We've often heard that fracking can bring much-needed jobs and prosperity to a region. However, a new study published in PLoS ONE has found that it can also lead to more hospitalizations So, it looks like we've just added more fuel to the fire: Is the prosperity for a few, worth the risk to all (including people, wildlife and the environment)?
This study, led by researchers at the University of Pennsylvania's Perelman School of Medicine and Columbia University's Mailman School of Public Health, analyzed inpatient hospitalization rates for residents of three adjacent counties in northern Pennsylvania: Bradford, Susquehana, and Wayne.
All of these counties sit on the Marcellus Shale formation and have similar demographics, with no striking differences in education level, income, race or age. However, there's one important distinction: Since 2007, fracking activity has increased dramatically in Bradford and Susquehanna Counties, but Wayne County, which sits in the Delaware River Basin, has none. This is because early concerns raised by conservation groups led to a fracking ban all along the Delaware River—a water source for about 15 million people across four states.
Indeed, over just a few years, fracking has boomed. Of the 67 zip codes examined in these three counties, only 6 drilled fracking wells in 2007. However, within 4 years, about half of the zip codes drilled at least one well (many had more). In fact, by 2011, 18 zip codes had a rather high level of well density, as defined by this study, of 0.79 wells per square kilometer or more.
By analyzing the data for over 90,000 inpatient records between 2007 and 2011, the team analyzed 25 different medical categories, looking for any association between wells and healthcare use. Because they cast a wide net, the researchers applied a conservative mathematical adjustment (statistical junkies know it as the Bonferroni correction) to ensure that any findings are unlikely to have occurred by chance.
In doing so, the scientists found a link between cardiology and neurology inpatient prevalence rates and fracking well density. In other words, a higher number of wells per square kilometer was associated with a greater proportion of the population being hospitalized for cardiology or neurology. In addition, there was also support for increased neonatology and dermatology inpatient prevalence rates, although with the conservative nature of their analysis, it was not found to be statistically significant.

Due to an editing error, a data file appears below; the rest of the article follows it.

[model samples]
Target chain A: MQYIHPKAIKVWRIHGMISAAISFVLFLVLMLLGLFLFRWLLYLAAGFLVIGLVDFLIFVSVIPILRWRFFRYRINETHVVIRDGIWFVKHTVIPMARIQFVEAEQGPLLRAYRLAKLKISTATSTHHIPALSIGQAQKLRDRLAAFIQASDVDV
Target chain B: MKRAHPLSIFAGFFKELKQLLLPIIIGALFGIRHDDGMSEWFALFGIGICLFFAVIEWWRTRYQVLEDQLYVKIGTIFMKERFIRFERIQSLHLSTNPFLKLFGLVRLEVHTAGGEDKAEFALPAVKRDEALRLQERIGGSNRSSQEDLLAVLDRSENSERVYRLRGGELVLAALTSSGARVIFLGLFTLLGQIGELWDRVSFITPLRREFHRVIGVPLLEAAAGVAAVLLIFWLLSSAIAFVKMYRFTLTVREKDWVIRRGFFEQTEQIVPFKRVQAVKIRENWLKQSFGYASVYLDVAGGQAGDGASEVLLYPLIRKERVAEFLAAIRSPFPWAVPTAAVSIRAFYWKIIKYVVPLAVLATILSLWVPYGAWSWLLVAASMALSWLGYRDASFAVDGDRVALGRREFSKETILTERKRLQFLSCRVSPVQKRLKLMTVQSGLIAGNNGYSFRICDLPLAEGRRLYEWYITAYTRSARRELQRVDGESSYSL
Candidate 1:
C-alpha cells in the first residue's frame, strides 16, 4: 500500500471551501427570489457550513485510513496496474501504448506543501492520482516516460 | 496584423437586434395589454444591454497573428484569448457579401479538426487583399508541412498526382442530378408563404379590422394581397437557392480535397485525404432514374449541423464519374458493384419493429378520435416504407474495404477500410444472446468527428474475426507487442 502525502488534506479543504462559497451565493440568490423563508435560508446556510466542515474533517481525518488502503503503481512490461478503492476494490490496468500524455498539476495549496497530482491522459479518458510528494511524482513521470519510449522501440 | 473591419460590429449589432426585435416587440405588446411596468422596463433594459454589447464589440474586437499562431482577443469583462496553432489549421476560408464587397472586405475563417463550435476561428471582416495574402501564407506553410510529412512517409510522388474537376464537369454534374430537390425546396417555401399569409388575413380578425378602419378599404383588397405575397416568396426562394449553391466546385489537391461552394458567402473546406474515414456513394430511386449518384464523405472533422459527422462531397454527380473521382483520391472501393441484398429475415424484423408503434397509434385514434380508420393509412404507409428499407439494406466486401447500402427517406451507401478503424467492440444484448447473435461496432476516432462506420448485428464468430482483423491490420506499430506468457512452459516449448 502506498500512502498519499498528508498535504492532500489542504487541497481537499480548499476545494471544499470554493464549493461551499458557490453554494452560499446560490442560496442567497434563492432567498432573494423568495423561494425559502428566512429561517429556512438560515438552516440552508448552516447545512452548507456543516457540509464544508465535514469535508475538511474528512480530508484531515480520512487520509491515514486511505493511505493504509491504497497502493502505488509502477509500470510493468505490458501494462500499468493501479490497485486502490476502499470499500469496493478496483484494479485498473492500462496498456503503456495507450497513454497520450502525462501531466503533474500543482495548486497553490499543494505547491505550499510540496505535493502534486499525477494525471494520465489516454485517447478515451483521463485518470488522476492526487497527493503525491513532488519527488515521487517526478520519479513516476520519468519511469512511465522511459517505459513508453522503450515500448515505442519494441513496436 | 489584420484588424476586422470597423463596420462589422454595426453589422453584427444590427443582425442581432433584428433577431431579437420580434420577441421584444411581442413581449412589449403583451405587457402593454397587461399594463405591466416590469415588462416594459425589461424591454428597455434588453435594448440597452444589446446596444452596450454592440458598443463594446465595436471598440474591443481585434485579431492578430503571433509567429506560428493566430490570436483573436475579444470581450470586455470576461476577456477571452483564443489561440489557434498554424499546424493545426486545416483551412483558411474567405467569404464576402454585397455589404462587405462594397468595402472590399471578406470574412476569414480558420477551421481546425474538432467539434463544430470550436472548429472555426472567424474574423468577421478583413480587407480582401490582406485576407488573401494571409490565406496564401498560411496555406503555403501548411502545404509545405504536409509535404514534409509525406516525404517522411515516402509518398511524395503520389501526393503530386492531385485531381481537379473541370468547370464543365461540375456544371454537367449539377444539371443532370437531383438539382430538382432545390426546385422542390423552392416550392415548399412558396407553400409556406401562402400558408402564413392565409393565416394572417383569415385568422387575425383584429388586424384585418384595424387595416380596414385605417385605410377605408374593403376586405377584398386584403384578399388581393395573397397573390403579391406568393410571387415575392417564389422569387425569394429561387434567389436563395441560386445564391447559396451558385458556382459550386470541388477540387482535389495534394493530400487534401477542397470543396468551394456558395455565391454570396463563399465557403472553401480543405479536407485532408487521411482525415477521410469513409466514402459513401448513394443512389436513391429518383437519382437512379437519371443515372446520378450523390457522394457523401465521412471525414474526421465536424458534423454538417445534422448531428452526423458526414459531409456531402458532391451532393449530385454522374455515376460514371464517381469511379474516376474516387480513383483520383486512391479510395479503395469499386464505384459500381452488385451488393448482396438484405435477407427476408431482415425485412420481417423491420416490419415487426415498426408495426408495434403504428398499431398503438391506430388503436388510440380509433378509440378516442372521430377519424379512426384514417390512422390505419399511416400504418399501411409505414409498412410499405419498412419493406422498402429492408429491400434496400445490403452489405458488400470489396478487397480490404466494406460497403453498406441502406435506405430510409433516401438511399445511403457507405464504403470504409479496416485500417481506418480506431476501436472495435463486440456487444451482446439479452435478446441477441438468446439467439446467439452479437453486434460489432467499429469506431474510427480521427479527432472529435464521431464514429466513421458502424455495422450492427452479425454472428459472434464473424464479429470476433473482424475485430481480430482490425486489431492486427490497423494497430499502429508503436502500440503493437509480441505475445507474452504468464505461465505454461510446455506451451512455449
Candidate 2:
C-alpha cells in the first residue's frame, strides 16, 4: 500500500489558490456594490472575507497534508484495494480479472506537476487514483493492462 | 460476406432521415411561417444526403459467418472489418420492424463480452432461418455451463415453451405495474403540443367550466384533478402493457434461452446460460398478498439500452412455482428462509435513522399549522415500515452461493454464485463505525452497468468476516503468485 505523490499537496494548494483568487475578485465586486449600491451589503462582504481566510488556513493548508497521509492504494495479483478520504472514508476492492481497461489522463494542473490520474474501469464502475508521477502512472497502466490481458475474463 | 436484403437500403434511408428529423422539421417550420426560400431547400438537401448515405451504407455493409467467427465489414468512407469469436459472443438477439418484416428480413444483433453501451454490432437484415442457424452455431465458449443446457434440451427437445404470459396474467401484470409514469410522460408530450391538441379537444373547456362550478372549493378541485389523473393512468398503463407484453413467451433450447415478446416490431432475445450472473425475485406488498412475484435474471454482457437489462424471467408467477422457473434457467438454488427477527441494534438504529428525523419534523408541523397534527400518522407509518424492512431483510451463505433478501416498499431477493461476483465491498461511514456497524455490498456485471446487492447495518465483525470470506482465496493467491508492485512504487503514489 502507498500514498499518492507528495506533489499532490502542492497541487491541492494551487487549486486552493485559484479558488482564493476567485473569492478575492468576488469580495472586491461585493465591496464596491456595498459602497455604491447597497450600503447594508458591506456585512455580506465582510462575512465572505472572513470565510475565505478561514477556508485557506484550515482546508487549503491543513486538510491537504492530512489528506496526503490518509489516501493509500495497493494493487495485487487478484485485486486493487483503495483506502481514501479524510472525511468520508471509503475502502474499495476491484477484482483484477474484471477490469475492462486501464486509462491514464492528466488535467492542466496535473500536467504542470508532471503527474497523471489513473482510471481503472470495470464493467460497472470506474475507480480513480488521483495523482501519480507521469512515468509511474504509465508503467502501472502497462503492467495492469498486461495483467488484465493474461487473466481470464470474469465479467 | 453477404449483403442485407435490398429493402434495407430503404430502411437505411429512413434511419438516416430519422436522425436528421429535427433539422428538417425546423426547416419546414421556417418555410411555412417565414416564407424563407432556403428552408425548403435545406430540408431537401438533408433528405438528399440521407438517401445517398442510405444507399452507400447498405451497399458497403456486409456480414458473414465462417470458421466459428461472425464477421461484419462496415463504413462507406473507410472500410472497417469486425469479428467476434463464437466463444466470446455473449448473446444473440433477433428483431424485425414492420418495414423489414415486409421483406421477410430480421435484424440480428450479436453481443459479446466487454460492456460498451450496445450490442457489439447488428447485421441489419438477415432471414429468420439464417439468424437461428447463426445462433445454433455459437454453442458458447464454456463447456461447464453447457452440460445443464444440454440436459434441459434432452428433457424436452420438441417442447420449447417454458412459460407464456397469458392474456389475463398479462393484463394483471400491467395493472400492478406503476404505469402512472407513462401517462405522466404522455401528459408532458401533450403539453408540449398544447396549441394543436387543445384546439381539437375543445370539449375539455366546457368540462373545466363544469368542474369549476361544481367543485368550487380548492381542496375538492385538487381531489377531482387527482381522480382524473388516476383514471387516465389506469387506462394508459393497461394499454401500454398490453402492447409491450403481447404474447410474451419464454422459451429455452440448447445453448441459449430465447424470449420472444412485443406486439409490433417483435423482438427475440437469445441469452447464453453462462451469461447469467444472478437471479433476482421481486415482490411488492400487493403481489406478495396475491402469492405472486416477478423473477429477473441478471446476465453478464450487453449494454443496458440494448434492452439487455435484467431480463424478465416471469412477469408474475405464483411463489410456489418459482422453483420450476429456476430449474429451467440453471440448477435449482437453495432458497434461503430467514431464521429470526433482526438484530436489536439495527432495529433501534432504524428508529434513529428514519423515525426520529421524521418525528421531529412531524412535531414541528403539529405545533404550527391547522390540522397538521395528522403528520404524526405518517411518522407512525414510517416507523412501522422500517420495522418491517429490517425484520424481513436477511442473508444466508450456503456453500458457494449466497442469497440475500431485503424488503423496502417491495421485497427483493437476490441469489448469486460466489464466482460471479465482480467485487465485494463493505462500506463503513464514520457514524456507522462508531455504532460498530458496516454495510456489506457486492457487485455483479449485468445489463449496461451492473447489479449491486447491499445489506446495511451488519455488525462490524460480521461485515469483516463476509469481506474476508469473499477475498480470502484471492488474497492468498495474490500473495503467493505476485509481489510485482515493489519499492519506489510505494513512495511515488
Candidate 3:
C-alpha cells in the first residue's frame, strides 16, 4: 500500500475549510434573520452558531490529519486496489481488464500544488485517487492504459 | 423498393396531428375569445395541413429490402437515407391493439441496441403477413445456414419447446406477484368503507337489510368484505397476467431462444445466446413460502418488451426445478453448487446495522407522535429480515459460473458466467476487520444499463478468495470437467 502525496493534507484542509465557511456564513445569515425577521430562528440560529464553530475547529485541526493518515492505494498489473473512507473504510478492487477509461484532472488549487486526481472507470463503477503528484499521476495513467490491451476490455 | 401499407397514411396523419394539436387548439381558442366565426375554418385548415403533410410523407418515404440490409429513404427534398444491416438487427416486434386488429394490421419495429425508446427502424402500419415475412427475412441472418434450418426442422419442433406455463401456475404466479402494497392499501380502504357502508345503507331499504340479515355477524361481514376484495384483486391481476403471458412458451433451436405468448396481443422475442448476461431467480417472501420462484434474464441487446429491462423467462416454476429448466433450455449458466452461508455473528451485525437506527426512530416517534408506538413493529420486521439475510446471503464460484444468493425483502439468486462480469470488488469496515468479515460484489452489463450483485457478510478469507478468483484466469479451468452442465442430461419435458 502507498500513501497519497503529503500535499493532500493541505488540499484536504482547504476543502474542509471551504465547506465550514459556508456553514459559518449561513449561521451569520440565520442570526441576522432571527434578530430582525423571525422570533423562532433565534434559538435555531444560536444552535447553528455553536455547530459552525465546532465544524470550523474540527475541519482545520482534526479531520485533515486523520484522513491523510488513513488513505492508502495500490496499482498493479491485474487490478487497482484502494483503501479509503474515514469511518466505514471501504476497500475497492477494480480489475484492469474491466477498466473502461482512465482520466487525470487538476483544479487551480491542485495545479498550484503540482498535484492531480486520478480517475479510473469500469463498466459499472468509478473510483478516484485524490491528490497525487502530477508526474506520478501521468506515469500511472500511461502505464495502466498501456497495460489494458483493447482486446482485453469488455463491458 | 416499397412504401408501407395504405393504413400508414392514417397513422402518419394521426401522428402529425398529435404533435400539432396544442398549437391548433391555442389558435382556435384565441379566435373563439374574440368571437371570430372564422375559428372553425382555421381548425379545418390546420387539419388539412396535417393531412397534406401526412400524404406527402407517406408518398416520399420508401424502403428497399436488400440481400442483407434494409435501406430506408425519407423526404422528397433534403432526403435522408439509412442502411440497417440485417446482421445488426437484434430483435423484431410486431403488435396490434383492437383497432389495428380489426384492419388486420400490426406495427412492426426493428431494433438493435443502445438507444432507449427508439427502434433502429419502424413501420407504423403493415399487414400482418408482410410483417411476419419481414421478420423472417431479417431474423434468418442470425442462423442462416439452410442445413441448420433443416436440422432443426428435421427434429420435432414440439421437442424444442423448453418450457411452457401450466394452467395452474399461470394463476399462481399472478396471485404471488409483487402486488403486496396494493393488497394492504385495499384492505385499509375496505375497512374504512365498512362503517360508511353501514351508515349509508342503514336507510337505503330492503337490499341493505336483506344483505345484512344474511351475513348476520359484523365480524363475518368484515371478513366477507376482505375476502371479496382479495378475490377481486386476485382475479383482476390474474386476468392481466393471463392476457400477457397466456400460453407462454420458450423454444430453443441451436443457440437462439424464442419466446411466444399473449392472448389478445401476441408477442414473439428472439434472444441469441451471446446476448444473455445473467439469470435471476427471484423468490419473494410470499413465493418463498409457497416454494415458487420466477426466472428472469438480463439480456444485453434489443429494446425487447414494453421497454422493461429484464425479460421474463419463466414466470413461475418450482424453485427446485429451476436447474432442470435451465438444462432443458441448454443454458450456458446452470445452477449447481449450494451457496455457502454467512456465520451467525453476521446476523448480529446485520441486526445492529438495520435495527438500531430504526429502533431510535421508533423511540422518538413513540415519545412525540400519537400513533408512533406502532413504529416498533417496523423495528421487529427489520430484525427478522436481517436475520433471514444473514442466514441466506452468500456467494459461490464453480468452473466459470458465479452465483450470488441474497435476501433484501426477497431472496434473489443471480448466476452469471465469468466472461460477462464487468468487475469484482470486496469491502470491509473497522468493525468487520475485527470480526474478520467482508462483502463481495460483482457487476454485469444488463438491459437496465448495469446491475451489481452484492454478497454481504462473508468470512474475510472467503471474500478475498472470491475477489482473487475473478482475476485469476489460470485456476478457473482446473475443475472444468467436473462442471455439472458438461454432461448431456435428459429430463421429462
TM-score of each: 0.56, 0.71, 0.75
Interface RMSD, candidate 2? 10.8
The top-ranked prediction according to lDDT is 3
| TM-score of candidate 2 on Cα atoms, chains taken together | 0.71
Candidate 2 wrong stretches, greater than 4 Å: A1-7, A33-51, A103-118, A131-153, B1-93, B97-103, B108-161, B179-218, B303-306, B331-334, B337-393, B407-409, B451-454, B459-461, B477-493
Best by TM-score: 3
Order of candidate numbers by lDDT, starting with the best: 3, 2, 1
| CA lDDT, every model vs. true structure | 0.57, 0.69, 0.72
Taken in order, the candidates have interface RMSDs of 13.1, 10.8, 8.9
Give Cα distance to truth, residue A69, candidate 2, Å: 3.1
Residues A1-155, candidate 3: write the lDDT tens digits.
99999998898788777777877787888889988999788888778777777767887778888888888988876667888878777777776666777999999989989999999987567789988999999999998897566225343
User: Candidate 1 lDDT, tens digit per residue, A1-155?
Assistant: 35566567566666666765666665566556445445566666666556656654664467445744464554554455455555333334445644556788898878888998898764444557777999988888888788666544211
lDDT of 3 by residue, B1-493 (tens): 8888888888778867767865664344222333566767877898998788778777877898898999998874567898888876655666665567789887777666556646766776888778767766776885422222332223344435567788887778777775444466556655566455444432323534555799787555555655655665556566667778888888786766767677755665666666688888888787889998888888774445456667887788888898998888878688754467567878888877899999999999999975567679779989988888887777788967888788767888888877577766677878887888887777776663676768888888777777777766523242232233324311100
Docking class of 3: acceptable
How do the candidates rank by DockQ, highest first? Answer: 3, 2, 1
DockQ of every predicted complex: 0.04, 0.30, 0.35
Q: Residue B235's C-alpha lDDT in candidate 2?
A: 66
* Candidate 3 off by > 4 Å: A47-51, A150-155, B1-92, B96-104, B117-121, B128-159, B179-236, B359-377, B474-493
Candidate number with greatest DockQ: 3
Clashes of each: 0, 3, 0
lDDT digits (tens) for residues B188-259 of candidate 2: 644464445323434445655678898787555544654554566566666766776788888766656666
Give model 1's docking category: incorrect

More specifically, the authors predicted that, if an area increased fracking density—say it went from zero wells to around 0.79 wells per square kilometer—cardiology inpatient prevalence rates would grow by 27% and dermatology inpatient prevalence rates would increase by 45%.
A single inpatient stay can cost approximately $30K. So, of course, these increased hospitalizations could have a significant economic impact.
It should be clarified that this study did not and could not prove that fracking actually causes any health problems. However, given that this research only looked at 4 years of data, it is notable that they were able to find any associations between fracking wells and increased healthcare use.
"At this point, we suspect that residents are exposed to many toxicants, noise, and social stressors due to hydraulic fracturing near their homes and this may add to the increased number of hospitalizations. This study represents one of the most comprehensive to date to link health effects with hydraulic fracturing," stated senior author Reynold Panettieri.
The authors warned that further study is required to determine if certain contaminates that are released during the fracking process—like naturally occurring toxic organics, radioactive materials or metals—are associated with the increased health problems. Furthermore, increased air and noise pollution, as well as psychosocial stress from the heightened diesel trucking related to fracking, could also play a role in public health and should be further explored.
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